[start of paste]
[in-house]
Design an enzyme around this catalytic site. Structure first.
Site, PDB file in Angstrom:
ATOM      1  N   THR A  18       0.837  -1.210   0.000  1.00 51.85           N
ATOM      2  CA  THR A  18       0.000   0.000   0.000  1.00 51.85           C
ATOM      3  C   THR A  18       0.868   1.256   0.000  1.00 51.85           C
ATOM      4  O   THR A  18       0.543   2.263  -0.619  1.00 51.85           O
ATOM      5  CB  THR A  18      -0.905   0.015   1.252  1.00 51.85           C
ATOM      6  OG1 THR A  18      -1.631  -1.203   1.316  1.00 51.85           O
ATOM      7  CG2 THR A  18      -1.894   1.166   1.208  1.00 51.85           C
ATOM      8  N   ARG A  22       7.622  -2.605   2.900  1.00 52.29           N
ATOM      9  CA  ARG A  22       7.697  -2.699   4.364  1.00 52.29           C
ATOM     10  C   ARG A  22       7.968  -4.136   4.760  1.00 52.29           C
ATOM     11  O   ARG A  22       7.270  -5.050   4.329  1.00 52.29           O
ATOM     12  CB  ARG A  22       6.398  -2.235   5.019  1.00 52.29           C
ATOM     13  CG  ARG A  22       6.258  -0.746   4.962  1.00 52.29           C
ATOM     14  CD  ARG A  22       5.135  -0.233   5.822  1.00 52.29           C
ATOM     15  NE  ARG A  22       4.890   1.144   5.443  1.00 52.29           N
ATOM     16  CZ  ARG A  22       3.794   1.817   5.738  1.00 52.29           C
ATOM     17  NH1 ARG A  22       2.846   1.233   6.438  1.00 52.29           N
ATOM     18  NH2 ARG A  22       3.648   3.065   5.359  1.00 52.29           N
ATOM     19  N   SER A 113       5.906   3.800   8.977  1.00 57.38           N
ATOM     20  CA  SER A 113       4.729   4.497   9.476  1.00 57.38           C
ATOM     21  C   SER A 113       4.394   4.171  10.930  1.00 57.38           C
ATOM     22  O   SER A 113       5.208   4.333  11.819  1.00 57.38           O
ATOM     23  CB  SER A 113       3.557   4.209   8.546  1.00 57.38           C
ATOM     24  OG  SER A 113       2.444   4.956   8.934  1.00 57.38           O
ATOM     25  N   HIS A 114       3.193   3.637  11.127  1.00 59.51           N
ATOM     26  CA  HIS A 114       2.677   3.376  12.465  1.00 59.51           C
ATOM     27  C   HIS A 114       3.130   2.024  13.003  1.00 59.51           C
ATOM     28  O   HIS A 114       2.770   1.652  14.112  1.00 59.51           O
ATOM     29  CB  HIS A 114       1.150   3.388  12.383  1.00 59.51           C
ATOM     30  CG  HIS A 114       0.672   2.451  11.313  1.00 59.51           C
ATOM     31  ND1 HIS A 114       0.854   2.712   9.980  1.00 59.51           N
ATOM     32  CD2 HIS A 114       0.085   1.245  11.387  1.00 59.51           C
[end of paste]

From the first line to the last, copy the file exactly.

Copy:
[in-house]
Design an enzyme around this catalytic site. Structure first.
Site, PDB file in Angstrom:
ATOM      1  N   THR A  18       0.837  -1.210   0.000  1.00 51.85           N
ATOM      2  CA  THR A  18       0.000   0.000   0.000  1.00 51.85           C
ATOM      3  C   THR A  18       0.868   1.256   0.000  1.00 51.85           C
ATOM      4  O   THR A  18       0.543   2.263  -0.619  1.00 51.85           O
ATOM      5  CB  THR A  18      -0.905   0.015   1.252  1.00 51.85           C
ATOM      6  OG1 THR A  18      -1.631  -1.203   1.316  1.00 51.85           O
ATOM      7  CG2 THR A  18      -1.894   1.166   1.208  1.00 51.85           C
ATOM      8  N   ARG A  22       7.622  -2.605   2.900  1.00 52.29           N
ATOM      9  CA  ARG A  22       7.697  -2.699   4.364  1.00 52.29           C
ATOM     10  C   ARG A  22       7.968  -4.136   4.760  1.00 52.29           C
ATOM     11  O   ARG A  22       7.270  -5.050   4.329  1.00 52.29           O
ATOM     12  CB  ARG A  22       6.398  -2.235   5.019  1.00 52.29           C
ATOM     13  CG  ARG A  22       6.258  -0.746   4.962  1.00 52.29           C
ATOM     14  CD  ARG A  22       5.135  -0.233   5.822  1.00 52.29           C
ATOM     15  NE  ARG A  22       4.890   1.144   5.443  1.00 52.29           N
ATOM     16  CZ  ARG A  22       3.794   1.817   5.738  1.00 52.29           C
ATOM     17  NH1 ARG A  22       2.846   1.233   6.438  1.00 52.29           N
ATOM     18  NH2 ARG A  22       3.648   3.065   5.359  1.00 52.29           N
ATOM     19  N   SER A 113       5.906   3.800   8.977  1.00 57.38           N
ATOM     20  CA  SER A 113       4.729   4.497   9.476  1.00 57.38           C
ATOM     21  C   SER A 113       4.394   4.171  10.930  1.00 57.38           C
ATOM     22  O   SER A 113       5.208   4.333  11.819  1.00 57.38           O
ATOM     23  CB  SER A 113       3.557   4.209   8.546  1.00 57.38           C
ATOM     24  OG  SER A 113       2.444   4.956   8.934  1.00 57.38           O
ATOM     25  N   HIS A 114       3.193   3.637  11.127  1.00 59.51           N
ATOM     26  CA  HIS A 114       2.677   3.376  12.465  1.00 59.51           C
ATOM     27  C   HIS A 114       3.130   2.024  13.003  1.00 59.51           C
ATOM     28  O   HIS A 114       2.770   1.652  14.112  1.00 59.51           O
ATOM     29  CB  HIS A 114       1.150   3.388  12.383  1.00 59.51           C
ATOM     30  CG  HIS A 114       0.672   2.451  11.313  1.00 59.51           C
ATOM     31  ND1 HIS A 114       0.854   2.712   9.980  1.00 59.51           N
ATOM     32  CD2 HIS A 114       0.085   1.245  11.387  1.00 59.51           C